I was at a seminar this week looking at the impact of population changes on the future of the countryside (Chatham House rules, if not Rule, so that’s probably all I can say on the event itself) where it became clear that some of those involved in the discussion hadn’t really had the opportunity to imagine the scale of social change that’s likely to be wrought by any level of carbon reduction which will be effective in holding temperature increases below the 2 degrees which is generally regarded as critical.

The government’s official view is that it will take a 60% reduction, and climare change scientists now seems to think it’s more likely to be somewhere between 80% and 90%. (George Monbiot takes the 90% figure as his yardstick in Heat, and explains why in the book, which is recently out in paperback).

I think my view of this is that it we’ll get somewhere towards this through incremental technological improvements, and a bit further through behavioural change. But even getting to 60% will require some kind of intervention – and much more if the scientists turn out to more right than the policy makers. But understanding this – and thereby creating the ability to act – will need a better quality of imagination about the future than we’re getting at the moment.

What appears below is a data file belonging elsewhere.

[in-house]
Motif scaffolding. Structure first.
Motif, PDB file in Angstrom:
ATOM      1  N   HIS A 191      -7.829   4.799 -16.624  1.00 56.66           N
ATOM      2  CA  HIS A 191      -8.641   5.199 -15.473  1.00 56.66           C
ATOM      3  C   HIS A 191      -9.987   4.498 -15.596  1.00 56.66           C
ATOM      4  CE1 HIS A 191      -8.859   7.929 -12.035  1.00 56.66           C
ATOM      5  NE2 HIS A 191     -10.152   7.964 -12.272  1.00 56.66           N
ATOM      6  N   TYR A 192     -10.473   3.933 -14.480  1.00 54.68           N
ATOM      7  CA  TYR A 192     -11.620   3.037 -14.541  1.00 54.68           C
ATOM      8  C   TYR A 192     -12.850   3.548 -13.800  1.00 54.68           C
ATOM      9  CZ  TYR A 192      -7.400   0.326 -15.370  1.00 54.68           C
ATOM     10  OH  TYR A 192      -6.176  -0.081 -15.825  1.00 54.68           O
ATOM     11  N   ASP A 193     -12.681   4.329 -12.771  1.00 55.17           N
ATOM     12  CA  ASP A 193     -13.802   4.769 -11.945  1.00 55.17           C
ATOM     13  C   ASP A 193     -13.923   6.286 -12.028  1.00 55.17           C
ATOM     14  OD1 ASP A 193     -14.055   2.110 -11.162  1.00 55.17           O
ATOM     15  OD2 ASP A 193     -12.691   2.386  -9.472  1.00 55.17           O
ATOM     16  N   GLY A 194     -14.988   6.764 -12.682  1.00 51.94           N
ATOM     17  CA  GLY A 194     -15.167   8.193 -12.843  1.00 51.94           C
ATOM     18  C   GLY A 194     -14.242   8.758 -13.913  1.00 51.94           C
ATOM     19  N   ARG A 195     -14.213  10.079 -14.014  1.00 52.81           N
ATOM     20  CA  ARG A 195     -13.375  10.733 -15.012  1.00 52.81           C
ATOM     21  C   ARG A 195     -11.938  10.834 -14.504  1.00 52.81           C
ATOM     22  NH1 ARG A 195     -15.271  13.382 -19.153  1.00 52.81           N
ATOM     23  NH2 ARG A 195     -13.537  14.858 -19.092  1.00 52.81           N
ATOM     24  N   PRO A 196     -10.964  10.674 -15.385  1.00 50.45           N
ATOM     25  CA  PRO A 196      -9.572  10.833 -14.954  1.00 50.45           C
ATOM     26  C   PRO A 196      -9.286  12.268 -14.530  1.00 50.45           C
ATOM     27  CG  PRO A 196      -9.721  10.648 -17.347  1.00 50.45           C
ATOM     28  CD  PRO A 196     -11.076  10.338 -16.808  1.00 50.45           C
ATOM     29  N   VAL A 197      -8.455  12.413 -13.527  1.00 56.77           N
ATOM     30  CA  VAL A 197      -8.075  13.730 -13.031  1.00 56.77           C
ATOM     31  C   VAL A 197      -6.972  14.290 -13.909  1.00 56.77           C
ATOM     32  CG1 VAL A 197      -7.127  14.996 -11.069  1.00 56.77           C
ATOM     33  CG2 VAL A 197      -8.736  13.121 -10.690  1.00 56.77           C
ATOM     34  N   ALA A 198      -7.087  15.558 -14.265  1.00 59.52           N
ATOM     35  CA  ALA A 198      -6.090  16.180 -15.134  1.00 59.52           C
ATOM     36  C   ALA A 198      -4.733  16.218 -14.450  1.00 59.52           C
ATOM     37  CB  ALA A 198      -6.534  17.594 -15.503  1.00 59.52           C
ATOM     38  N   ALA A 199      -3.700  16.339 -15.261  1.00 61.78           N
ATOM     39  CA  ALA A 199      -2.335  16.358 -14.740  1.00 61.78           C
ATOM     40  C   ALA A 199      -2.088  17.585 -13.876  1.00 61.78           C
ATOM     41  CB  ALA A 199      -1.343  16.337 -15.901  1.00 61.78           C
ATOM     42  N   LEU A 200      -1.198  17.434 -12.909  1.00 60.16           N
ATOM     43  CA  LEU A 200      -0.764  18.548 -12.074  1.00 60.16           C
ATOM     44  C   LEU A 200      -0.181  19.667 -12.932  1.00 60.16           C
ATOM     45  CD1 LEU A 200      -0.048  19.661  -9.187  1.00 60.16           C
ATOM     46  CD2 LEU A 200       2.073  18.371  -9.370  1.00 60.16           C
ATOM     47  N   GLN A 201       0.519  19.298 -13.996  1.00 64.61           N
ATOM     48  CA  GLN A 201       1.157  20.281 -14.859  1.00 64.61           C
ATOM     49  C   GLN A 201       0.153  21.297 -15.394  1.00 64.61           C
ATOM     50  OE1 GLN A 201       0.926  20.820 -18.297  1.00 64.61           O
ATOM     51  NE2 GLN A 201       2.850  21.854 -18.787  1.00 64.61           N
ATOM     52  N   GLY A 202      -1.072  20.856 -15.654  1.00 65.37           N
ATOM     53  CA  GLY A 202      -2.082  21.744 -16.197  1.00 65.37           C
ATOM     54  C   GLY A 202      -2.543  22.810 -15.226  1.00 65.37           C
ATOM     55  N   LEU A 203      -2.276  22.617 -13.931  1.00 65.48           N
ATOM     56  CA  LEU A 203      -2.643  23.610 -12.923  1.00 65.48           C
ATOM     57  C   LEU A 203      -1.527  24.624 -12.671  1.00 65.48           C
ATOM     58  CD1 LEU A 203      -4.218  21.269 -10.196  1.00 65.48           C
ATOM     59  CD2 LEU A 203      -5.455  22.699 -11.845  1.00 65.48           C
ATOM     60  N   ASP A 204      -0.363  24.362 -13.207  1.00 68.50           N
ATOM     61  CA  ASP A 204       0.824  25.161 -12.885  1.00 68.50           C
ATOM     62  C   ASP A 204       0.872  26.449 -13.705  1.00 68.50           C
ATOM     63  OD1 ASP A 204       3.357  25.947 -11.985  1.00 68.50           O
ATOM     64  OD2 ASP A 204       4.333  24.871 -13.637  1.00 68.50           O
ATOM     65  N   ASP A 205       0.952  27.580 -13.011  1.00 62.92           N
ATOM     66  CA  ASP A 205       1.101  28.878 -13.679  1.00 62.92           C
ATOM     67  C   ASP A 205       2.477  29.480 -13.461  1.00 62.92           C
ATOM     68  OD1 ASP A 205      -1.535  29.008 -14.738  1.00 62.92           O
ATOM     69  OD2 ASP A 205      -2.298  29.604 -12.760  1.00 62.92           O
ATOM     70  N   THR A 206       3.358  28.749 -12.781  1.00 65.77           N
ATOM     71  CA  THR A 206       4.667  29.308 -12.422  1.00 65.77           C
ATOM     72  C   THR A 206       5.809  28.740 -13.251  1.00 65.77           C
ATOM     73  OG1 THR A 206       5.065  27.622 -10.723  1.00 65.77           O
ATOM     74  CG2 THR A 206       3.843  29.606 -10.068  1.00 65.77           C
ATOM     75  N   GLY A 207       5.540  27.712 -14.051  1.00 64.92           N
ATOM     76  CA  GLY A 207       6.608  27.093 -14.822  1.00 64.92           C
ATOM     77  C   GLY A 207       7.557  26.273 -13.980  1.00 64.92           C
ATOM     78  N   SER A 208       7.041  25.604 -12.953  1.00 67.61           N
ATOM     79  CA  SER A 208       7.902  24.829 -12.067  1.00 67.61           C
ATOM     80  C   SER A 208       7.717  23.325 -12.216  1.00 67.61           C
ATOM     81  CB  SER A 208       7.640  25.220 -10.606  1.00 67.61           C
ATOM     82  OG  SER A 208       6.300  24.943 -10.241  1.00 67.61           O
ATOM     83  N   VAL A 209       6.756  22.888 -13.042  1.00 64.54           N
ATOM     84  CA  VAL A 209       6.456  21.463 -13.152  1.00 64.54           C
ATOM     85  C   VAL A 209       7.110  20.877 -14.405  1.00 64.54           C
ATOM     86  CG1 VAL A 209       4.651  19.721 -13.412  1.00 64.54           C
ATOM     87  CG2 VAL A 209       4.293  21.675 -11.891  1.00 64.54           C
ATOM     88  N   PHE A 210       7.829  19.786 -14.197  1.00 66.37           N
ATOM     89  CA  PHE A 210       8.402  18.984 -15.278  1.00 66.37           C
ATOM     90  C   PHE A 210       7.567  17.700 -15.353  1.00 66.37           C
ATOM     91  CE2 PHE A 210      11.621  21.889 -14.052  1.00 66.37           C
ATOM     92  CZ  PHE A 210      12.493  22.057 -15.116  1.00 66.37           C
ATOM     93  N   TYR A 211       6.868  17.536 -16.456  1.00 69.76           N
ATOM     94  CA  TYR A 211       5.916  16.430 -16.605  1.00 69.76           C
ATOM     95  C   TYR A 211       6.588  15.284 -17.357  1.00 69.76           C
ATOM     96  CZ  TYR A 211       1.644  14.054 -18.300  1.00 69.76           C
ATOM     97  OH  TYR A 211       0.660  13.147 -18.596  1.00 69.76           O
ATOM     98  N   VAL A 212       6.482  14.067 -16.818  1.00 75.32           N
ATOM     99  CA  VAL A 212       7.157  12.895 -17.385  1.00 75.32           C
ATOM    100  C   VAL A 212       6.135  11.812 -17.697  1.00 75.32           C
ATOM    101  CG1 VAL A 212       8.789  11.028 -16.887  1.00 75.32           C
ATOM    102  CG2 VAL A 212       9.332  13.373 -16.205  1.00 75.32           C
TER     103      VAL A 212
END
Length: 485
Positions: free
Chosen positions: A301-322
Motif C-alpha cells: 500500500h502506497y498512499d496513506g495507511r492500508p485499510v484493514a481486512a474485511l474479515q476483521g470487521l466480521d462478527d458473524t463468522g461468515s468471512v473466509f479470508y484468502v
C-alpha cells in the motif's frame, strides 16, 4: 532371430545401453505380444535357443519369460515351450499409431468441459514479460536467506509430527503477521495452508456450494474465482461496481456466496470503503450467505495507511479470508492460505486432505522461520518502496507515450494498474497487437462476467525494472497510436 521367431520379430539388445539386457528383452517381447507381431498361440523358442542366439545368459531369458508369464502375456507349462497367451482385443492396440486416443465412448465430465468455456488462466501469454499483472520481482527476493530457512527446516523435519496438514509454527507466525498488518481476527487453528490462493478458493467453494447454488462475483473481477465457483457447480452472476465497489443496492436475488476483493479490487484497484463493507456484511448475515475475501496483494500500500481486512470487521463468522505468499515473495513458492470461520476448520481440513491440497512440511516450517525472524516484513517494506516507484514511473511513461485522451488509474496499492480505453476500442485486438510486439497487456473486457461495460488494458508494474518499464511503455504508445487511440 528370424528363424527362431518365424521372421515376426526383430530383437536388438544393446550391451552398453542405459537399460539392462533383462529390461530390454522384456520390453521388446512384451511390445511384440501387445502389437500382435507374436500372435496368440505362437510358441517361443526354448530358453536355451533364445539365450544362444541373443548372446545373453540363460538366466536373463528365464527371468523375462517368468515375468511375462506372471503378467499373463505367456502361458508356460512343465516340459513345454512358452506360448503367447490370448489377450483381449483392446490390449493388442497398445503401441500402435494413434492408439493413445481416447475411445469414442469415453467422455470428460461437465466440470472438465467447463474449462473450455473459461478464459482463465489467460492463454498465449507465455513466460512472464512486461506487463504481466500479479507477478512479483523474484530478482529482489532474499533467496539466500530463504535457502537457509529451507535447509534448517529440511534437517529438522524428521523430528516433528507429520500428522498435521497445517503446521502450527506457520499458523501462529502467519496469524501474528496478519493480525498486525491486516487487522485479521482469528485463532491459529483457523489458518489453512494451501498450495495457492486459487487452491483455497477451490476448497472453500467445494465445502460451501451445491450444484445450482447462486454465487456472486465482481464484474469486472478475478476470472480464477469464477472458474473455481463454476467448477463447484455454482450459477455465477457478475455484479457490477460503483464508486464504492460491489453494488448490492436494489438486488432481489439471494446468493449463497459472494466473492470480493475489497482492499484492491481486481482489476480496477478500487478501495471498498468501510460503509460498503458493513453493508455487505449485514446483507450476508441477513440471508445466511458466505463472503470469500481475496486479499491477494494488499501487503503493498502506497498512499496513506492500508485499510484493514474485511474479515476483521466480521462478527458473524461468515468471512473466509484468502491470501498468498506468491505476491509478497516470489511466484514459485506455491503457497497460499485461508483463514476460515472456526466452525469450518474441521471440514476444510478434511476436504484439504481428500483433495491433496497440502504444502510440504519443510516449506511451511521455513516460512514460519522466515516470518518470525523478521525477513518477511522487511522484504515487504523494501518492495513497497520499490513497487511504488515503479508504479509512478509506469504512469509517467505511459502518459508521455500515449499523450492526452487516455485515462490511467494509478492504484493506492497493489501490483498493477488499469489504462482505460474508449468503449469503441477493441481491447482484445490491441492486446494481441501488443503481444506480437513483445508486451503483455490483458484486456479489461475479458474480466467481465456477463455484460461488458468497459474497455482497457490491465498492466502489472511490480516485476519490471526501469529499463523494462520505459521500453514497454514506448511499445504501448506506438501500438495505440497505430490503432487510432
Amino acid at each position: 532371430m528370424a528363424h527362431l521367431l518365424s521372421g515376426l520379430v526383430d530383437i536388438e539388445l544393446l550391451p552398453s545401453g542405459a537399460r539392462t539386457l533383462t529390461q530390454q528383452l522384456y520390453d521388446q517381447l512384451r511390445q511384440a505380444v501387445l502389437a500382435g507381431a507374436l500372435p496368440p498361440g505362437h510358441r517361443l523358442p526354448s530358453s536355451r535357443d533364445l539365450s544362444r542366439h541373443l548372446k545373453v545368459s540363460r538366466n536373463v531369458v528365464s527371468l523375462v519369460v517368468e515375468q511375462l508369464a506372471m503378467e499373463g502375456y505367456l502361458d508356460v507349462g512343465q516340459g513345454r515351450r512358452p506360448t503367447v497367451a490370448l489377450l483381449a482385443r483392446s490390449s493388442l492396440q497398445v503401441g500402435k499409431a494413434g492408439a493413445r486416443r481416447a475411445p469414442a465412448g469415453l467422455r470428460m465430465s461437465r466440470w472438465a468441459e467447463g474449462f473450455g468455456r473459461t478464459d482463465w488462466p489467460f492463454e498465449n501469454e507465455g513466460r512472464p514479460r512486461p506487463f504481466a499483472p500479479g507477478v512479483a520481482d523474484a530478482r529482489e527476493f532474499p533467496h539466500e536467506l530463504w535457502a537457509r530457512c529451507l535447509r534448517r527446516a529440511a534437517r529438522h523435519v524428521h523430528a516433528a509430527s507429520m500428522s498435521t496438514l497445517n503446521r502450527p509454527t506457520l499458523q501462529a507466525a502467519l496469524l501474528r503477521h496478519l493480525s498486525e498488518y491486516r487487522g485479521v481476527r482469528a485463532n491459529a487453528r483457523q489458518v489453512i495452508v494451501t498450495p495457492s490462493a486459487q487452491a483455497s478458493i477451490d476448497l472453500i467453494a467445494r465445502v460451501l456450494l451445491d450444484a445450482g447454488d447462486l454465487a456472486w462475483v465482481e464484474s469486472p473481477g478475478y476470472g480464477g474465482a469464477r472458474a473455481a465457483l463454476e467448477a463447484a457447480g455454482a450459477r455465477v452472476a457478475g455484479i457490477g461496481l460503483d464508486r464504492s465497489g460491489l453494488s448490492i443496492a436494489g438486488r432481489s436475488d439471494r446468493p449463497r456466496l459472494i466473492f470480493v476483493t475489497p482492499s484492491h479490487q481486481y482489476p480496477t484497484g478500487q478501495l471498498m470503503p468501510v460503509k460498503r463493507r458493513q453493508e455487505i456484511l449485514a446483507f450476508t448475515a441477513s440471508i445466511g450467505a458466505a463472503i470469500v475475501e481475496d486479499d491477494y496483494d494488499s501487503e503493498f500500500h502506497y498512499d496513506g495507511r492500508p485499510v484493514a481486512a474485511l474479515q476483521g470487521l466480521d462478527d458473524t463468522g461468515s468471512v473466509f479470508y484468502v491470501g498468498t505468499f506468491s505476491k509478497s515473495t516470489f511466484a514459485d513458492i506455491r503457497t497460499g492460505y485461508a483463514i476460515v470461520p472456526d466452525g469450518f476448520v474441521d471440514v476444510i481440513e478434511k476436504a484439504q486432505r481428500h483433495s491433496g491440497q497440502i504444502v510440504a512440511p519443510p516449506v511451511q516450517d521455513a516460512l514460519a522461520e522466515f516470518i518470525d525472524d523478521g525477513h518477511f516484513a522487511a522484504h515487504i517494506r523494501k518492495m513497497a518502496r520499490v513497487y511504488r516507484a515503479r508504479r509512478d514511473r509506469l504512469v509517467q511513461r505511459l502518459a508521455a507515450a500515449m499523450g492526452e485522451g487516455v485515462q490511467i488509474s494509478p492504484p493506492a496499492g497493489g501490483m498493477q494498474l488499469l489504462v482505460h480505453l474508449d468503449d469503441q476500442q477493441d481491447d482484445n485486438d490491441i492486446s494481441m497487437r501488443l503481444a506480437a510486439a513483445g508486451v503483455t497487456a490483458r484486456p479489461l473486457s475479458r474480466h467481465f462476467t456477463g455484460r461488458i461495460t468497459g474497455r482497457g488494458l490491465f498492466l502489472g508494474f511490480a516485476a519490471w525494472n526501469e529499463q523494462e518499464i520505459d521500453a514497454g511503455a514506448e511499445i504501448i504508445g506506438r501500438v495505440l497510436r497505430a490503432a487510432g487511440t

There is a serious issue here. If we don’t have intervention we run the risk of getting our carbon reduction the hard way – through economic slump. This possibility was explored in the scenarios we did on the Future of Intelligent Infrastructure Systems for the UK government’s Foresight programme. Of the two scenarios which assumed that technology or design innovation would not solve the carbon problem, one involved intervention to restrict transport use, and one involved economic depression (a version of ‘overshoot and collapse‘[opens pdf]). The depression scenario was by far the most depressing,

Some of the policy implications of all of this have been explored in other books: Mayer Hillman’s How to Save the Planet and Andrew Simms’ Ecological Debt are both relevant.

On which note. more or less, worth noting John Thackara’s recent blog on three lines (written on request) on reducing mobility:

“Reducing the movement of matter – whether goods, or people – is a main challenge in the transition to sustainability. Technology, in this context, can help us use resources in a radically more efficient way – and by ‘resources’ I do not just mean matter and energy, but also space, and time.”